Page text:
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The Dialogic Learning Weekly #159

Hey there, welcome along to this week's issue of the Dialogic Learning Weekly. In this week's edition
The Dialogic Learning Weekly
The Dialogic Learning Weekly #159
By Tom Barrett • Issue #159 • View online
Hey there, welcome along to this week’s issue of the Dialogic Learning Weekly. In this week’s edition I am sharing some ideas about critique from Brené Brown which really struck a chord with me. Also a provocation about digital wellbeing and some practical strategies for effective discussion. Enjoy.

Your Critics Aren't The Ones Who Count
Stumbled on this video in the link below with Brené Brown explaining her approach to sharing ideas and critique to a room of designers.
Her comments about the people and critique we should choose to pay attention to, really resonated with me. To use her language, unless you are doing the work, in the arena with me, I am not interested in your critique.
Her caveat is that this choice shouldn’t diminish a connection we have or a relationship.
Brené Brown: Why Your Critics Aren't The Ones Who Count
You might also consider the feedback strategy of giving yourself a Second Score.
I first came across it in “Thanks for the Feedback: The Science and Art of Receiving Feedback Well,” co-authored by Sheila Heen and Douglas Stone. Worthy of your time and standard reading for anyone interested in feedback.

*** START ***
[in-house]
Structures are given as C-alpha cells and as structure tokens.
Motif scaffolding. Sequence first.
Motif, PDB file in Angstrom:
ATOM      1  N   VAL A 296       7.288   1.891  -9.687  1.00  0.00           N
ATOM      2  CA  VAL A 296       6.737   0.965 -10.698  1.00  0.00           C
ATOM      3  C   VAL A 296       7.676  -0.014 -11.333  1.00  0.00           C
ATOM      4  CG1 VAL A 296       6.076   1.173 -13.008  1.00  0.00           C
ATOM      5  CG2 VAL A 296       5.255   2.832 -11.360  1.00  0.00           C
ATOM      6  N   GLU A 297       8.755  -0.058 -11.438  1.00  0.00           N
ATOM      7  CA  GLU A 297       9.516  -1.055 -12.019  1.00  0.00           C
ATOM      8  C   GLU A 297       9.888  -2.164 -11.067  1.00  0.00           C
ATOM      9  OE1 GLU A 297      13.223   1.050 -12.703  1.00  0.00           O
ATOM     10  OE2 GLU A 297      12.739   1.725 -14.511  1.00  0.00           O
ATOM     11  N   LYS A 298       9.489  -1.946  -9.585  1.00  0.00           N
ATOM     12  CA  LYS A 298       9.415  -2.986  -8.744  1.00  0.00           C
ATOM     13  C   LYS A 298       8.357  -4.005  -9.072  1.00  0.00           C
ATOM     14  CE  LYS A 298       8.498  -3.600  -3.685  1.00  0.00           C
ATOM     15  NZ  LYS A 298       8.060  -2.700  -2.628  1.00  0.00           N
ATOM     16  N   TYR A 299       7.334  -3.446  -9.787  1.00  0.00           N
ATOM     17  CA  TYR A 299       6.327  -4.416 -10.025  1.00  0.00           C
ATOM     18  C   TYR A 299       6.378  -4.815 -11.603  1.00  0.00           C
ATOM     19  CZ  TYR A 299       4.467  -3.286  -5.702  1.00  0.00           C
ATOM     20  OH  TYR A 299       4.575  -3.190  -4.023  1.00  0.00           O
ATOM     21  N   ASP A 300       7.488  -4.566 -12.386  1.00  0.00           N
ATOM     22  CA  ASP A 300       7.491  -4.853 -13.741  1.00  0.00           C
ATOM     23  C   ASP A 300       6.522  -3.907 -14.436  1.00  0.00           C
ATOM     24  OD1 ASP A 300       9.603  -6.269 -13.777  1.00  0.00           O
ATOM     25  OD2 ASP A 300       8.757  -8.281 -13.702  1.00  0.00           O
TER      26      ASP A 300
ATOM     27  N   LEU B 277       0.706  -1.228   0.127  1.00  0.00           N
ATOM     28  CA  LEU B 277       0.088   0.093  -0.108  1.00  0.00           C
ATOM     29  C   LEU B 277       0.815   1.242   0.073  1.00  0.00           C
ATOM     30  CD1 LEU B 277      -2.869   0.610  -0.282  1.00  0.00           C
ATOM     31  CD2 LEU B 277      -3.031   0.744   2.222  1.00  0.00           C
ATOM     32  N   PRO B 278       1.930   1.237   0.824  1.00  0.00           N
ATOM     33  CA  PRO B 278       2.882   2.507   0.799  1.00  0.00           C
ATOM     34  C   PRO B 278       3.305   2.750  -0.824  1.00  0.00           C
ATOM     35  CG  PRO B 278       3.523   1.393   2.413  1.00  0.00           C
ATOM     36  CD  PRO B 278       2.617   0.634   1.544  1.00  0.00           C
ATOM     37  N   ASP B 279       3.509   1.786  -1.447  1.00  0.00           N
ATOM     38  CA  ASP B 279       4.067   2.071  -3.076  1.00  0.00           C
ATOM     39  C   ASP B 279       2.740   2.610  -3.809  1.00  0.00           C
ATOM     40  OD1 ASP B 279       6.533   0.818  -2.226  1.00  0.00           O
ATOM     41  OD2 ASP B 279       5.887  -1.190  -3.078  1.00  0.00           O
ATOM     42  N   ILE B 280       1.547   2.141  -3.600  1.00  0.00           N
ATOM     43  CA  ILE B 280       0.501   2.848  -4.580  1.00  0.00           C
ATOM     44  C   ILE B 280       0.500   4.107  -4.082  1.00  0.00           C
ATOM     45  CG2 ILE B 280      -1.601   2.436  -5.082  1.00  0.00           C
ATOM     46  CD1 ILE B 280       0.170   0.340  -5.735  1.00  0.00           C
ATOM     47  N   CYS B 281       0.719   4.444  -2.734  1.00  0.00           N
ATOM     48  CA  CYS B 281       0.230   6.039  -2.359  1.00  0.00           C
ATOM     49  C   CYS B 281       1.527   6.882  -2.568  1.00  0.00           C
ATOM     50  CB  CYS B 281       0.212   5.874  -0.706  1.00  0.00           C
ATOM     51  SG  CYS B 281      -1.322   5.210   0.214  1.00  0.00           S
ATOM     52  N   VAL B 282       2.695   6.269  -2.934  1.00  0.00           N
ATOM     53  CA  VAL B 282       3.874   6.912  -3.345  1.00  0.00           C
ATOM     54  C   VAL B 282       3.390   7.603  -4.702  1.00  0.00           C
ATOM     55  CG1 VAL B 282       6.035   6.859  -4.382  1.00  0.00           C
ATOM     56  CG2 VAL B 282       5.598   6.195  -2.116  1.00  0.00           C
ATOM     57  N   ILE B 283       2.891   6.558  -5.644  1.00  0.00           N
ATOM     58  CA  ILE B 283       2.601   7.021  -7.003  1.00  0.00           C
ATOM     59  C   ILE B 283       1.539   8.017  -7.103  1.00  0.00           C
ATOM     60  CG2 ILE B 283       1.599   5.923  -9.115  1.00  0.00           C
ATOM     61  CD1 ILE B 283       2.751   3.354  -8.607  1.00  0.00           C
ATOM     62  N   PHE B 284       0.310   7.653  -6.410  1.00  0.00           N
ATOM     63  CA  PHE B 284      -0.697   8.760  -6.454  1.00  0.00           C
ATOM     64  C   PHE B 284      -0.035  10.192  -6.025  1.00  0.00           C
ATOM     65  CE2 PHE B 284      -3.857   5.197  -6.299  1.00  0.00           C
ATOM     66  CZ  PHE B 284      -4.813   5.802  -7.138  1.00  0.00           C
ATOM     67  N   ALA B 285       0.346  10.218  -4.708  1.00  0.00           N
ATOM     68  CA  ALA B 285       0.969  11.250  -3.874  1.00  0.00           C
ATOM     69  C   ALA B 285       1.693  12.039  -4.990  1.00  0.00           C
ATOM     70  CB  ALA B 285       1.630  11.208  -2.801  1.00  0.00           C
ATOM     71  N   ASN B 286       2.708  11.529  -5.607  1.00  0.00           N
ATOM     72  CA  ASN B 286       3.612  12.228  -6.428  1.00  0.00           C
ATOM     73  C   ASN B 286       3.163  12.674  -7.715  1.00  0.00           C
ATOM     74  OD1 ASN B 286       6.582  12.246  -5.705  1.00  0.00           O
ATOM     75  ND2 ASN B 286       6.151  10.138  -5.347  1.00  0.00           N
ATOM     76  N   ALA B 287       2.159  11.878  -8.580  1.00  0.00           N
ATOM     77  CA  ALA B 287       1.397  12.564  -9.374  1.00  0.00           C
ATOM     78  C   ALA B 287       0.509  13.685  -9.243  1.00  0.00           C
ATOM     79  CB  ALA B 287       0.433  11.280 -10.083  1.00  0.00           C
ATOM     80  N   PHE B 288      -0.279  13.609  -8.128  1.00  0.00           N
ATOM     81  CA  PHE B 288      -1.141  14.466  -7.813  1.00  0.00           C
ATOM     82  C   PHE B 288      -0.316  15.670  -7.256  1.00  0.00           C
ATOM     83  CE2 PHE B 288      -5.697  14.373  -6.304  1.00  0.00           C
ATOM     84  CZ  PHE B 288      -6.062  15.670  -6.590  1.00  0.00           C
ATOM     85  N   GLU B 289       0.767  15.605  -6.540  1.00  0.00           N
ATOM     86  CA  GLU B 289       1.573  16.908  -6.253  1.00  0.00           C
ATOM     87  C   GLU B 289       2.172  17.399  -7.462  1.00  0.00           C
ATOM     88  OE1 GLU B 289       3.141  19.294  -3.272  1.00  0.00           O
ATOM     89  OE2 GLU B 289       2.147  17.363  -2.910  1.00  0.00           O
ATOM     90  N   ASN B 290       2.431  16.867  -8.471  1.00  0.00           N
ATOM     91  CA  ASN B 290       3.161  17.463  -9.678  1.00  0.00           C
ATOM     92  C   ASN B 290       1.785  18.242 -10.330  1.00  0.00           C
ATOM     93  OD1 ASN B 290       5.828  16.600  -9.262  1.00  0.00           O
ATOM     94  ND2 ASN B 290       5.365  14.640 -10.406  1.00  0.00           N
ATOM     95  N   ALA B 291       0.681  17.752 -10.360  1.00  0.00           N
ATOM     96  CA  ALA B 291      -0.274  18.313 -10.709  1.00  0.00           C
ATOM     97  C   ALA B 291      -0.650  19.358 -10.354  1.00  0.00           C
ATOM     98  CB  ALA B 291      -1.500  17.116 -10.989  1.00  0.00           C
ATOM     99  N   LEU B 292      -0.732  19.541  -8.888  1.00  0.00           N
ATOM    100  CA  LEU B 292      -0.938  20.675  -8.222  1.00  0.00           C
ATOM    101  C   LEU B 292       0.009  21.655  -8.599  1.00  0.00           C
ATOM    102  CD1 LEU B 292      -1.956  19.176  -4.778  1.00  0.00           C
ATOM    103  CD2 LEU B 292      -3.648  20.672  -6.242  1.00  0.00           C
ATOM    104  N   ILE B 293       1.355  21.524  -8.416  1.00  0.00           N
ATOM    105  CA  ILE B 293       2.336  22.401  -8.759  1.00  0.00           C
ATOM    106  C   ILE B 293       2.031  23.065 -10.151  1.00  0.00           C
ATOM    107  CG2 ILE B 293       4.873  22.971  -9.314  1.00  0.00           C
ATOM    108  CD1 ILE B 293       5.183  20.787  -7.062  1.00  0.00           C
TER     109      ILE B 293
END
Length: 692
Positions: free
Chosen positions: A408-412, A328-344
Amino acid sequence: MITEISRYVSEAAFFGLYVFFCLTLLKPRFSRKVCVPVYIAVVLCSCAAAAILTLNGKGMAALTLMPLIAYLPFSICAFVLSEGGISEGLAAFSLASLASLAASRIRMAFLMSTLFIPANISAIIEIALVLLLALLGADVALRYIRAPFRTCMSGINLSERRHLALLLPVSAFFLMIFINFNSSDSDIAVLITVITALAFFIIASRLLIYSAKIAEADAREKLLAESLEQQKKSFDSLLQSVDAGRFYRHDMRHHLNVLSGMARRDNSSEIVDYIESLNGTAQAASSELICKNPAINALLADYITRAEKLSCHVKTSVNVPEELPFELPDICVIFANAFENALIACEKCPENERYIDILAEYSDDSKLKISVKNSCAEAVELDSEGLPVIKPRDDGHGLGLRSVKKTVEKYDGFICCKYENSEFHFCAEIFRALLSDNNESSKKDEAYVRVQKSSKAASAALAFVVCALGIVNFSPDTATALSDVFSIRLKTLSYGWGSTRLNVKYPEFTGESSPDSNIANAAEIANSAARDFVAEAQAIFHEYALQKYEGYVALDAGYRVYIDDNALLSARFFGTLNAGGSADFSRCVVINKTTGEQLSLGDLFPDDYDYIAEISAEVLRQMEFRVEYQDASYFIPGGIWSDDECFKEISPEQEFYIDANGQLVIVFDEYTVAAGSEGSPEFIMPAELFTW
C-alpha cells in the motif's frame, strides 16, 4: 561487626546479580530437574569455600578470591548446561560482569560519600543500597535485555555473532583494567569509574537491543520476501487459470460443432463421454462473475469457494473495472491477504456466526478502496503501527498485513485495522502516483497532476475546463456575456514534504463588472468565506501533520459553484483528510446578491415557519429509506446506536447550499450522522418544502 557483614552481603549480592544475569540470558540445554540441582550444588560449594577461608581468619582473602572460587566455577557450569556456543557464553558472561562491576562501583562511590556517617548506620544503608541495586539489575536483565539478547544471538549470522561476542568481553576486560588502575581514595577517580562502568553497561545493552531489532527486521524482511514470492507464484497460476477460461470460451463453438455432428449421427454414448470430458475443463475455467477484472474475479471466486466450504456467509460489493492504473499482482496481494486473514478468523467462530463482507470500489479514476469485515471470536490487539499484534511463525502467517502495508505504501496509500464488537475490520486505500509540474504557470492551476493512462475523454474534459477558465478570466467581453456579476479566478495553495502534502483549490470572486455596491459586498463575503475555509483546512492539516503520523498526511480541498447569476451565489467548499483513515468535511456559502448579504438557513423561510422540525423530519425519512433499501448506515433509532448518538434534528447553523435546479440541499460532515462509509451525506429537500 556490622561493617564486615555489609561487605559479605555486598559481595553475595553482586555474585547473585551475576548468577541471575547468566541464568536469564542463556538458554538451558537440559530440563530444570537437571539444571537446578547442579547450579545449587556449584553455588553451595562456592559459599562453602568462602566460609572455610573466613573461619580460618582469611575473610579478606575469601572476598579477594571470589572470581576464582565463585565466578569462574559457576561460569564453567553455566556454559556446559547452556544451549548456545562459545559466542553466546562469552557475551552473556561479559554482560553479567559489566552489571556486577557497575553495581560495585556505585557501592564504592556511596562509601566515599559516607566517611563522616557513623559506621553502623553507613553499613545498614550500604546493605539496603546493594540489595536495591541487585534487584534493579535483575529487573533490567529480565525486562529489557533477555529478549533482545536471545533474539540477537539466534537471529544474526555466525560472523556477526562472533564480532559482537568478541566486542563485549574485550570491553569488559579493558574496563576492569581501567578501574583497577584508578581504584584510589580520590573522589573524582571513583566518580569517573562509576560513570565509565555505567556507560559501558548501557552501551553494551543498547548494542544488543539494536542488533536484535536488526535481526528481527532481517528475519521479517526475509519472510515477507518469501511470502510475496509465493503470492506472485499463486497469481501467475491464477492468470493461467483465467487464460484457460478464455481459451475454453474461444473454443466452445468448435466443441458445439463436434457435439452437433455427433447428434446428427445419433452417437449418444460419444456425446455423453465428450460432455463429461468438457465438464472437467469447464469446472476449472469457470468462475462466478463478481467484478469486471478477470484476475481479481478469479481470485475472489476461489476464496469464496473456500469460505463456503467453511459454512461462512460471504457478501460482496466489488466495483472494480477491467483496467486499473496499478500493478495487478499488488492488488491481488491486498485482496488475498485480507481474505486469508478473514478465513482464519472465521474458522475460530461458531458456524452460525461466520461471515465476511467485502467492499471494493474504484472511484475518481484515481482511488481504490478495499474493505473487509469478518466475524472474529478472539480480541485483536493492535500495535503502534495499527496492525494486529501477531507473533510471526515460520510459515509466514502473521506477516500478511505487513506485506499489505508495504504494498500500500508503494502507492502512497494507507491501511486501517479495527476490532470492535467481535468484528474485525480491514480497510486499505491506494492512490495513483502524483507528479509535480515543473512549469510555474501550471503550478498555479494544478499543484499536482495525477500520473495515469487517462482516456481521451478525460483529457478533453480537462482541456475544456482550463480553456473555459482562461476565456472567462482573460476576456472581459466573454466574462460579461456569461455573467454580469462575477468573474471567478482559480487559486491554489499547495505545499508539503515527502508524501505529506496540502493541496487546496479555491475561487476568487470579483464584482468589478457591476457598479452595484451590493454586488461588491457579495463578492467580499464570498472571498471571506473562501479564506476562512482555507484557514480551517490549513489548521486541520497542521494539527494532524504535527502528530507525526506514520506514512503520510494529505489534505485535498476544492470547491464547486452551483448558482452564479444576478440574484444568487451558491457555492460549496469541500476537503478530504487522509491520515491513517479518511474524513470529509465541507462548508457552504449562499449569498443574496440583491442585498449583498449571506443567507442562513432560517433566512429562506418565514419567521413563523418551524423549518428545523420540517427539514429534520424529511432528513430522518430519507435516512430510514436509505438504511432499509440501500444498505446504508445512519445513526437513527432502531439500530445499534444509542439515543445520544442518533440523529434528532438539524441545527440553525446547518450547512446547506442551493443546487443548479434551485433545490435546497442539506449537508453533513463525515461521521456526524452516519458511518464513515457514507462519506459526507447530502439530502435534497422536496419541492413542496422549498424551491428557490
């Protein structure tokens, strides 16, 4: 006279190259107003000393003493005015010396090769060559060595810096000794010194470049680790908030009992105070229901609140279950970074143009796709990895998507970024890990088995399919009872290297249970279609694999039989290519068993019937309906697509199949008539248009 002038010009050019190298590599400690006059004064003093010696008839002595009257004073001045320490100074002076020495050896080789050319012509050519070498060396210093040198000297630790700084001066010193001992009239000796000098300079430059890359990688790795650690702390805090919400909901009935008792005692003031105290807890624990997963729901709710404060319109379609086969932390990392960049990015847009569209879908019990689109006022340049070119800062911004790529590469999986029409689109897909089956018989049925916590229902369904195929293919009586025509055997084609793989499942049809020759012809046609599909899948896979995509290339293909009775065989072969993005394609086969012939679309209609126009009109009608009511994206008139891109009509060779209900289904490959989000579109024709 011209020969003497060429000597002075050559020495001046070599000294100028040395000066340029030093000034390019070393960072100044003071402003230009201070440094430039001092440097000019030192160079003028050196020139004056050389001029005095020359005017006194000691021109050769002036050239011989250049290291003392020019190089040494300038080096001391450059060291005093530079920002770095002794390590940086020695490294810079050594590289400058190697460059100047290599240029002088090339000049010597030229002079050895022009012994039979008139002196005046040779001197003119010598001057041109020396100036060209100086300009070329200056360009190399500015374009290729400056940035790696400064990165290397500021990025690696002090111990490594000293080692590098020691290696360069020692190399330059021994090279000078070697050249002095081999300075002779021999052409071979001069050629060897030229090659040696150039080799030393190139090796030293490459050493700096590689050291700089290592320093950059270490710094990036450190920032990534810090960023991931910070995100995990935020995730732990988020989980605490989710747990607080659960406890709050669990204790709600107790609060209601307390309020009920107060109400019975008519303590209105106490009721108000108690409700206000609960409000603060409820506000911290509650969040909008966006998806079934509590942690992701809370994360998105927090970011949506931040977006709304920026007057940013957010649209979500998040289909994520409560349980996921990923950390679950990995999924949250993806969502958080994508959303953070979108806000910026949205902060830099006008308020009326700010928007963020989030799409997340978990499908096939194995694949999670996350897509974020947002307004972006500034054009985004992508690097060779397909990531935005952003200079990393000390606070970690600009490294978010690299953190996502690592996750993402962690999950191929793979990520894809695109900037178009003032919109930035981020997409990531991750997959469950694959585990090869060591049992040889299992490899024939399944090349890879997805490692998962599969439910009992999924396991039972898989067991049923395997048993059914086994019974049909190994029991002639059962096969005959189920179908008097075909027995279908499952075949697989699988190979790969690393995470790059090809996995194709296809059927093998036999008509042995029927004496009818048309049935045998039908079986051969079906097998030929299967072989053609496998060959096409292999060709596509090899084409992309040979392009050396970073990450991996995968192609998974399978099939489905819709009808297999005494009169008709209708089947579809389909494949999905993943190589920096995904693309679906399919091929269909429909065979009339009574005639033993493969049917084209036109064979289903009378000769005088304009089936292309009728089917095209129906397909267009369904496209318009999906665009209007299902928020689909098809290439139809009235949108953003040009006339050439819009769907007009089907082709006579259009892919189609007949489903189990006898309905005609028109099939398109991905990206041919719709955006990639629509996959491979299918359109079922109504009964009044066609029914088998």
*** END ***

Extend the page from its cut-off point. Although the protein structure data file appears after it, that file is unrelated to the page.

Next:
It is pretty straightforward, basically we give ourselves a (you guessed it dear reader) Second Score. But importantly the assessment is about the way we received the feedback. Have a read below.
Give Yourself a Second Score
Self-awareness is Key to Effective Discussion
Thanks to subscriber Dr. Tim Uhl, Superintendent, Montana Catholic Schools, who shared this reading about the quality and effectiveness of discussion and dialogue.
At Dialogic Learning we are always interested in how we create and maintain the best possible conditions for high quality dialogue. Some practical tips summarised below to get your teeth into:
How might we develop the capacity to learn from a discussion?
  1.  Ask people to think of at least one reason why they’re wrong. This challenges overconfidence.
  2. Listen to the estimate of every single person in the group. Don’t let anybody get by without speaking.
  3. Don’t adjust your estimate unless you trust the reasons behind it.
Have a read of the conversation and podcast episode below. Thanks to Tim for the recommendation.
Why Self-awareness Is the Key to More Effective Team Discussions
Digital Wellbeing
For the last few weeks I have been using one of the Digital Wellbeing Experiments from Google on my mobile phone. Post Box is an experimental app that:
“helps you minimise distractions, by holding your notifications until a time that suits you. Simply choose how often you’d like your notifications to be delivered. When they arrive, they’ll be neatly organised for you to go through.”
Post Box by Google Creative Lab | Experiments with Google
My notifications are delivered at 9am, 1230pm and 6pm. The impact has been interesting. I feel - at least my perception has been (notwithstanding the Hawthorne Effect - that I am more focused. My thinking has been a little more clear and I have much more disinterest in my mobile device. Which is good.
We are in a time when we need better protocols around our use of devices and a deeper understanding of the impact they might have. Take a look at all the other experiments below. It is interesting to retrospectively map the problem they are attempting to resolve.
Digital Wellbeing Experiments | Experiments with Google
Thanks for exploring this week’s newsletter, I appreciate your time. See you next Friday.
~ Tom 
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Tom Barrett

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